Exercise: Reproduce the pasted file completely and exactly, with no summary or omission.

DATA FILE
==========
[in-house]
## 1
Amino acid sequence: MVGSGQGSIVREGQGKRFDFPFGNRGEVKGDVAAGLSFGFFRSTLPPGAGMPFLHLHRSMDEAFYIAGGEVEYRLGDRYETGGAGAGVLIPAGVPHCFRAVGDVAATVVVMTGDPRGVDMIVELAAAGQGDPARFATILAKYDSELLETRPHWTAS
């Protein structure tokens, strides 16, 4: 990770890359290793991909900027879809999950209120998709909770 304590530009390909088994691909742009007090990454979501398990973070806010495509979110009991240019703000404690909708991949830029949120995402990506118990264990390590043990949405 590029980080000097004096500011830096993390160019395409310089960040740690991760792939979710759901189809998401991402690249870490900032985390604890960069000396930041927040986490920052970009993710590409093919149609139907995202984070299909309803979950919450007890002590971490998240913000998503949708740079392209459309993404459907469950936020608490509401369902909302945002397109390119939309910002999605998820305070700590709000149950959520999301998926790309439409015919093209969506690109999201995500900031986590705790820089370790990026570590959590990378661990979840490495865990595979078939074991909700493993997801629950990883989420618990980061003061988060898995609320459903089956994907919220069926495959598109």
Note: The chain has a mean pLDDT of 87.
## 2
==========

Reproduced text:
[in-house]
## 1
Amino acid sequence: MVGSGQGSIVREGQGKRFDFPFGNRGEVKGDVAAGLSFGFFRSTLPPGAGMPFLHLHRSMDEAFYIAGGEVEYRLGDRYETGGAGAGVLIPAGVPHCFRAVGDVAATVVVMTGDPRGVDMIVELAAAGQGDPARFATILAKYDSELLETRPHWTAS
């Protein structure tokens, strides 16, 4: 990770890359290793991909900027879809999950209120998709909770 304590530009390909088994691909742009007090990454979501398990973070806010495509979110009991240019703000404690909708991949830029949120995402990506118990264990390590043990949405 590029980080000097004096500011830096993390160019395409310089960040740690991760792939979710759901189809998401991402690249870490900032985390604890960069000396930041927040986490920052970009993710590409093919149609139907995202984070299909309803979950919450007890002590971490998240913000998503949708740079392209459309993404459907469950936020608490509401369902909302945002397109390119939309910002999605998820305070700590709000149950959520999301998926790309439409015919093209969506690109999201995500900031986590705790820089370790990026570590959590990378661990979840490495865990595979078939074991909700493993997801629950990883989420618990980061003061988060898995609320459903089956994907919220069926495959598109």
Note: The chain has a mean pLDDT of 87.
## 2